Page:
There are religious arguments about the spin-clean damaging records vs. an Ultrasonic unit, but the religion goes both ways.  I opt for the speed of the spin-clean.  Hell, if one of my records can't be cleaned with a spin-clean, I'll look for a bargain replacement at the next record-swap show.  Again, YMMV.

 

Last thing I did was build a drying rack.  It's simply a piece of 1x6 about 40 inches long (pine), with dowels inserted down the center, and on the left and right edges in inch from the edge.  The dowels on the edge are only 1.5 in high.  The row down the middle are 6in high, and align with the hole in the LP.  In the rack, the LP's lean slightly back based on placement of the dowels.  Makes for a faster process.

 

[Did I say I hate cleaning records like I hate washing my own car? LoL 😎]

 

One more suggestion..., I was going to pick up my spin-cleans from SleeveCity.com (I like them and buy record supplies, MoFi sleeves, etc from them) during one of their holiday 15% off sales.  Then I saw a seller on Ebay, with a "Make Offer" option on his spin-cleans that he was selling over 100 available.  I made a ridiculous offer, for two units of the deluxe model with the extra fluid, accessories and parts..., and he took the offer!  "Shop around" is the lesson here.

 

If money and time were not a controlling factor..., I would build one of those ultrasonic units that Happy Trails built and shared on this site.  Holding off on that project until retirement...

Edited by AndrewJohn
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20 hours ago, Nahash5150 said:

The Spin-Clean seems like a good start.

 

But it's okay - I have some very um, affluent clients, so the expensive machines are fine for suggestions if anyone has used one.

Are you going to add record cleaning to your services......for those that can afford it?

 

ray

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8 minutes ago, Magnaryder said:

Are you going to add record cleaning to your services......for those that can afford it?

 

ray

 

It's possible. But I get asked about cleaners from time to time. I don't have any records yet, but I'm working on it. I have TT now at least!

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AJ,

 

    Finally, someone out there gets it. Yes, a second Spin Clean does make good sense, just for the reasons that you mentioned.  Think microscopically when cleaning the grooves of a record.... I thought that I was the only guy who used a soap bucket, and a separate rinse bucket for general household cleaning. No, it's not an exact analogy, but the principal still applies.

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5 hours ago, Nahash5150 said:

 

It's possible. But I get asked about cleaners from time to time. I don't have any records yet, but I'm working on it. I have TT now at least!

Becoming a dealer for VPI, Grado or Spin-Clean might work in your favor. Check out what it'll cost to dip your toe in the water. Get to Axpona and chat up some of the manufacturers.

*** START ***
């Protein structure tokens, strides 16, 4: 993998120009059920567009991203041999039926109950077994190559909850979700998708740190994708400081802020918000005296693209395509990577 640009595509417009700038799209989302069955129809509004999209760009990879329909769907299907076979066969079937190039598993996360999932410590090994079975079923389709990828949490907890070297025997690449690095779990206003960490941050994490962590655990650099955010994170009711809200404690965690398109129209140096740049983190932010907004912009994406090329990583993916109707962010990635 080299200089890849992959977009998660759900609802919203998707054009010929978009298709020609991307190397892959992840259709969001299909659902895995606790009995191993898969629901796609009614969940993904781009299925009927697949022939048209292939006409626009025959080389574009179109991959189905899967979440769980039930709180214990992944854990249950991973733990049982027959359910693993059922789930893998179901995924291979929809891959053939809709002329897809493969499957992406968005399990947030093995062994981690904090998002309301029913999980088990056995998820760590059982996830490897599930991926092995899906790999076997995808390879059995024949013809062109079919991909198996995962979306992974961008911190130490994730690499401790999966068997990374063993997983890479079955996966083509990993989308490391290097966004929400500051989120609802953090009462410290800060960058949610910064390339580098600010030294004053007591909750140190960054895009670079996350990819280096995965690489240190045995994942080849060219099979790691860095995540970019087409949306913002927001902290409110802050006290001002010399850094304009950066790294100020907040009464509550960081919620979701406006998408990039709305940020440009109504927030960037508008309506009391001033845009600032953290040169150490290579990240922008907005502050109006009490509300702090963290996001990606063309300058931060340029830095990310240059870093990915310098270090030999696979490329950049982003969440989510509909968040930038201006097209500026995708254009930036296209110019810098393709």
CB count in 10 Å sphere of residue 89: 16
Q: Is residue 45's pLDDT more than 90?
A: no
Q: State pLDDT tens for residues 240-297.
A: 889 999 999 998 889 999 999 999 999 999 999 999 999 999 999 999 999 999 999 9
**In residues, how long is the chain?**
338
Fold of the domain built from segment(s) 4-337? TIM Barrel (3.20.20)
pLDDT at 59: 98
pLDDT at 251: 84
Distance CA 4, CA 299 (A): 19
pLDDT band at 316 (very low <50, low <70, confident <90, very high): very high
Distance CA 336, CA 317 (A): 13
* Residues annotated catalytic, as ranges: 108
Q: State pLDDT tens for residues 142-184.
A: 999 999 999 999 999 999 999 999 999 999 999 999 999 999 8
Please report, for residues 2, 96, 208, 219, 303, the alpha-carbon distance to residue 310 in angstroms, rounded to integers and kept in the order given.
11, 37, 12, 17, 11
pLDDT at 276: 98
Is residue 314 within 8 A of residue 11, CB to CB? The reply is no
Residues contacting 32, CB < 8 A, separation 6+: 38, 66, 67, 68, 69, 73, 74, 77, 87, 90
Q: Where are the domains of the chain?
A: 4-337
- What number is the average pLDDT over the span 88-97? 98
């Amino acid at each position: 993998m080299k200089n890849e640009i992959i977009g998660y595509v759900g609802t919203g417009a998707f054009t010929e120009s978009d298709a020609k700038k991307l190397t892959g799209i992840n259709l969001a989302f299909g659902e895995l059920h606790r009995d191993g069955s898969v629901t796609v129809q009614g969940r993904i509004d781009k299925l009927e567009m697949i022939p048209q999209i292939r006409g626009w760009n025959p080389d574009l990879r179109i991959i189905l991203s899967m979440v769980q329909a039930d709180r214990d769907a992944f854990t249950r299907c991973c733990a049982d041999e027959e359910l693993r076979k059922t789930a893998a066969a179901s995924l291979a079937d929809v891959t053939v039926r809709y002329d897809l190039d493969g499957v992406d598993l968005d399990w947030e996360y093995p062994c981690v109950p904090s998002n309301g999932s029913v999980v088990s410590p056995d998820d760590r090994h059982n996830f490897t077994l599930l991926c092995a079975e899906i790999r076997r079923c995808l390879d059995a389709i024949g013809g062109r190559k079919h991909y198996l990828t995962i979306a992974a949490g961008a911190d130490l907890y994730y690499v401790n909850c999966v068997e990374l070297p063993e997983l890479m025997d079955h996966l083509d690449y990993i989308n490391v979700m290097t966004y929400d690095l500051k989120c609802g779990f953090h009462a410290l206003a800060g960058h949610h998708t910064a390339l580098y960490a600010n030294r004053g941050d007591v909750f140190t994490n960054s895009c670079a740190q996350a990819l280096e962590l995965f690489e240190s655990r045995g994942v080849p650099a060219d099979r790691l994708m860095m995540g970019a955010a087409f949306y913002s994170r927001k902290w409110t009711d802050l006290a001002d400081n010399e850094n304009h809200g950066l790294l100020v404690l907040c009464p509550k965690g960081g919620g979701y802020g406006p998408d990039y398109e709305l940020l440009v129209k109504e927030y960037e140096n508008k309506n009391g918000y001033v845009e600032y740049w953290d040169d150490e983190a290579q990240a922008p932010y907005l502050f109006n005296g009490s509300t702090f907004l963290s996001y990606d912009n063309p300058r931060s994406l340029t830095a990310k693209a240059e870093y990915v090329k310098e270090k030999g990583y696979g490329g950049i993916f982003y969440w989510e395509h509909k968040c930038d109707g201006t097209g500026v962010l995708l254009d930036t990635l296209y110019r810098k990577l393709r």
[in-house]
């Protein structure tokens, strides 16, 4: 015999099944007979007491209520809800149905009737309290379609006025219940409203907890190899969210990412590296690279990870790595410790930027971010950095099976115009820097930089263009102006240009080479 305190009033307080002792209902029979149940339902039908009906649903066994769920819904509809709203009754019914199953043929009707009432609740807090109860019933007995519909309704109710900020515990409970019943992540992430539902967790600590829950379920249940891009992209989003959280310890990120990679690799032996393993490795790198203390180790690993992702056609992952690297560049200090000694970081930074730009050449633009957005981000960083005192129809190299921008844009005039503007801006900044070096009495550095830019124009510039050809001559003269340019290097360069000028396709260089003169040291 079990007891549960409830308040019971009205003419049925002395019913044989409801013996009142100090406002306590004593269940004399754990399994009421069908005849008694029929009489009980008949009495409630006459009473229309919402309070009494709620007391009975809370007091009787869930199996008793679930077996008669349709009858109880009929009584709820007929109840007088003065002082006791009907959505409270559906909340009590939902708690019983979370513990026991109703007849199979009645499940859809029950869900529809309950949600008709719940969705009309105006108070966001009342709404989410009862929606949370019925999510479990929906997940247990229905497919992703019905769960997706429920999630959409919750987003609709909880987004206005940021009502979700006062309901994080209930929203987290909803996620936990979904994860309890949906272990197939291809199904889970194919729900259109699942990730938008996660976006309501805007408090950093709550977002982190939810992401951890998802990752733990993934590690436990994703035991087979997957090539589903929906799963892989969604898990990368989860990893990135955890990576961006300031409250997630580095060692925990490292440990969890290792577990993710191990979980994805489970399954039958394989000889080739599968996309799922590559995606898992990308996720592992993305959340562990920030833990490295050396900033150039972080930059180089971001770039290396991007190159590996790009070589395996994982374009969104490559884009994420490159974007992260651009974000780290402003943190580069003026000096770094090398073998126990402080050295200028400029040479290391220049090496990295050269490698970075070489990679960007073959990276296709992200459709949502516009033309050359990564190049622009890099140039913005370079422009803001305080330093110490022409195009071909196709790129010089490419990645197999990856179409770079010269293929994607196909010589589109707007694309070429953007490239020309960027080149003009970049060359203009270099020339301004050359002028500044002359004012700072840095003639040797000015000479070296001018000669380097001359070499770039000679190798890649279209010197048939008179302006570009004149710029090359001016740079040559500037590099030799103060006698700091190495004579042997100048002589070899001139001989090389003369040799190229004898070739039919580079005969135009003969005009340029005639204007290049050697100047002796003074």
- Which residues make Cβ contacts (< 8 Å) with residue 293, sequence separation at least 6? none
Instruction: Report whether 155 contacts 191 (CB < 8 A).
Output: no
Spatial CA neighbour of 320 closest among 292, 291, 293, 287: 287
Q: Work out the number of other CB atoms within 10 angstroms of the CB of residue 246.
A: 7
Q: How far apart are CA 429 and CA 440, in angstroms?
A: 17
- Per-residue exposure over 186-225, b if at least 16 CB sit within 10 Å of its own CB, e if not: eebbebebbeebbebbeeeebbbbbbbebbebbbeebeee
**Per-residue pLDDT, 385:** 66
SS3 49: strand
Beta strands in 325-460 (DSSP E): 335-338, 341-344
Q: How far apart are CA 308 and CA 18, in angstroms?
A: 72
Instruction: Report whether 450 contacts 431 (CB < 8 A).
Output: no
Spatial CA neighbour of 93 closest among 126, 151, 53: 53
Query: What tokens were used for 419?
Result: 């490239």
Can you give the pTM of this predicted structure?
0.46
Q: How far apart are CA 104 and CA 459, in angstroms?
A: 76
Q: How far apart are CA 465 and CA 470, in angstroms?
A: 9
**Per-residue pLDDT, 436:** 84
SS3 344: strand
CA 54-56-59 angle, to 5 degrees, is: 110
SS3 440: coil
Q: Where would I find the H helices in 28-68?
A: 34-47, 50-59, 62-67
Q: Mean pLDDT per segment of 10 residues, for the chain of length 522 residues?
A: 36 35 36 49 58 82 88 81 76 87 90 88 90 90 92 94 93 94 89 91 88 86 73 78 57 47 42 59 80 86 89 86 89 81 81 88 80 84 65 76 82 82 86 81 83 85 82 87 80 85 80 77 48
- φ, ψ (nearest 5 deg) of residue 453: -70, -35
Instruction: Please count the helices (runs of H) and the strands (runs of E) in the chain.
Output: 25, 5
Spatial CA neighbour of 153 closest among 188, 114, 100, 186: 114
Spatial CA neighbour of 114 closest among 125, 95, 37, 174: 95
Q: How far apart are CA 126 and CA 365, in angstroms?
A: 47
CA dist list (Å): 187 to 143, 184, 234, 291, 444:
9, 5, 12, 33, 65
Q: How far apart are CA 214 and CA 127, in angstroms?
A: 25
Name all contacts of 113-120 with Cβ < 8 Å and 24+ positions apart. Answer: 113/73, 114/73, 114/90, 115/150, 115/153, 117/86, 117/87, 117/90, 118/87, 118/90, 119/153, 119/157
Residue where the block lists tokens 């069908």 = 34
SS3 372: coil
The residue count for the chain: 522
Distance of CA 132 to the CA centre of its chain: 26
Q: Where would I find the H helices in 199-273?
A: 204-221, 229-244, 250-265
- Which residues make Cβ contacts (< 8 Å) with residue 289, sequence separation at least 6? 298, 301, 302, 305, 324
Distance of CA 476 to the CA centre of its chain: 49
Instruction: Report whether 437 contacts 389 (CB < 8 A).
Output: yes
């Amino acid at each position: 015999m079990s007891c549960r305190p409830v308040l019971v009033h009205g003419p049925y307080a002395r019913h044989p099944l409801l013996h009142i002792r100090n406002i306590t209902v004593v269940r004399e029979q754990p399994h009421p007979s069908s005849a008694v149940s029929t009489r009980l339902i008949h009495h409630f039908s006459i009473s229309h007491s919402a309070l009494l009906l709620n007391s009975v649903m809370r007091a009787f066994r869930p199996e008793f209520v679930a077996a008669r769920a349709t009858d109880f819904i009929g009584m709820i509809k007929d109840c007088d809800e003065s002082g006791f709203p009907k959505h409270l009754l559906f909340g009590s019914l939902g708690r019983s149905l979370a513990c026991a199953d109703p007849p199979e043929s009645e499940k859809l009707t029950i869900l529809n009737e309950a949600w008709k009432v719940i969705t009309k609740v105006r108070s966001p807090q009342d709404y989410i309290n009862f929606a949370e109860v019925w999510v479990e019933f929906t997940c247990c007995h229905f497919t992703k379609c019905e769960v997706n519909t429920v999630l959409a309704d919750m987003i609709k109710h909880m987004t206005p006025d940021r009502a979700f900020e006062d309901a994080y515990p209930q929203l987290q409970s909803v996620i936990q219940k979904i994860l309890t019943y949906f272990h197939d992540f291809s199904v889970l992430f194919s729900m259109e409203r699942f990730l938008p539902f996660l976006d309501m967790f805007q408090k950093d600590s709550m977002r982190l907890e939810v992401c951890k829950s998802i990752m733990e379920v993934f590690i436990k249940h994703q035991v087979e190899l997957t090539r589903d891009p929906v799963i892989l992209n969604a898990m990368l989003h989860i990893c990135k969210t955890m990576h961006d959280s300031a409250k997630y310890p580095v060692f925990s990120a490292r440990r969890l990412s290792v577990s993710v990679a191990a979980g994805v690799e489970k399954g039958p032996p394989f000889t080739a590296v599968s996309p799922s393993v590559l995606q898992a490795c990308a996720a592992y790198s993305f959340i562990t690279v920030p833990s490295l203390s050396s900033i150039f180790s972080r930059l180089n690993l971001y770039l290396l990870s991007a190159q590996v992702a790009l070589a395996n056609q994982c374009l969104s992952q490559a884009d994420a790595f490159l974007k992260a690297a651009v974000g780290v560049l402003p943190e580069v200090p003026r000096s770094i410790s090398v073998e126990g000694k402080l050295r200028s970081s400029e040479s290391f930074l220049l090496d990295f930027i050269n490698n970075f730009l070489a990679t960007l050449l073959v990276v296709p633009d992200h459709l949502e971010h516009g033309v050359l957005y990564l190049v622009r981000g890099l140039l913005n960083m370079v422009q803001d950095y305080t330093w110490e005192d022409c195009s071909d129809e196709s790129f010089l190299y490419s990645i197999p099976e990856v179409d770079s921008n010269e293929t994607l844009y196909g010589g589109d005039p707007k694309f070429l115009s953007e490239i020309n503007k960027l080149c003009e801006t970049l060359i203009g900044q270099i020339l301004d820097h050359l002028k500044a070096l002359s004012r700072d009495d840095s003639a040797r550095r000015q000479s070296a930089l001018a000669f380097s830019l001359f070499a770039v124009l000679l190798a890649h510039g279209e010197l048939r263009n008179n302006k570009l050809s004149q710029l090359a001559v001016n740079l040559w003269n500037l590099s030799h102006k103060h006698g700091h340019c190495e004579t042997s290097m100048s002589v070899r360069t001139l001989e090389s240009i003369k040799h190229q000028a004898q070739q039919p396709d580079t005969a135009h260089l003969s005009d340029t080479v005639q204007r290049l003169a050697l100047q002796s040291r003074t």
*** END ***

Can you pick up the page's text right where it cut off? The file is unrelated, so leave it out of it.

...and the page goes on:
ray 

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8 minutes ago, Magnaryder said:

Becoming a dealer for VPI, Grado or Spin-Clean might work in your favor. Check out what it'll cost to dip your toe in the water. Get to Axpona and chat up some of the manufacturers.

 

ray 

 

Sounds good to me! I just have to stop being dirt poor to get out there.

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On 3/20/2019 at 12:42 PM, Magnaryder said:

Spin-Clean, made in Pittsburgh and used at the Smithsonian. $76 last I knew, I took mine to CF'18 and cleaned 40 LPs in short order. Now there are motorized units but the cost is huge. I'd prefer to spend the $$ on new vinyl, TT an arm or new cart.

 

ray   

I agree with Ray.

I did do the microscope test on the SC and it performed quite well.  If I recall correctly almost enough for me to not use the DIY ultrasonic setup.  Actually, I clean with the US rig first, then use my SC as a rinse then air dry.

 

My biggest issue currently is static, which will soon improve.  Carpet, wool socks and me shuffling my feet added to cold temps can send blue flames out my fingertips.  It is now common practice for me to discharge before I touch my equipment LOL

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4 hours ago, HappyTrails said:

I agree with Ray.

I did do the microscope test on the SC and it performed quite well.  If I recall correctly almost enough for me to not use the DIY ultrasonic setup.  Actually, I clean with the US rig first, then use my SC as a rinse then air dry.

 

My biggest issue currently is static, which will soon improve.  Carpet, wool socks and me shuffling my feet added to cold temps can send blue flames out my fingertips.  It is now common practice for me to discharge before I touch my equipment LOL

Watch where you discharge.....

 

Happy Trails said<< Carpet, wool socks and me shuffling my feet>>

I can hear my late father 'pick up your feet when you walk Jr.'

 

ray

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A while back we had a member that sold LP's in his E-Bay store.

His member name was effgjm or something like that.

He sells a lot master and first run LP's.

He can decifer the writing thats in the runoff at the end/center of an LP

I found his E-Bay site =  ClevelandVinyl.com

He has a 8 step process, ultrasonic, steam, then a VPI machine.

It was $4.00 per LP, not sure, I think site members may get some kind of a price break, its been a while not sure about now .

Check out his site interesting stuff.

 

 

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I would love an ultrasonic machine but I don't want to spend the money.  I use the VPI HW 16.5 and it does a wonderful job.  For those garage sale albums that it won't completely clean, I use wood glue.  It does a deep cleaning and it's fun if you have the time.  plus I love peeling off the dried glue.  It's like peeling dead skin from a sun burn.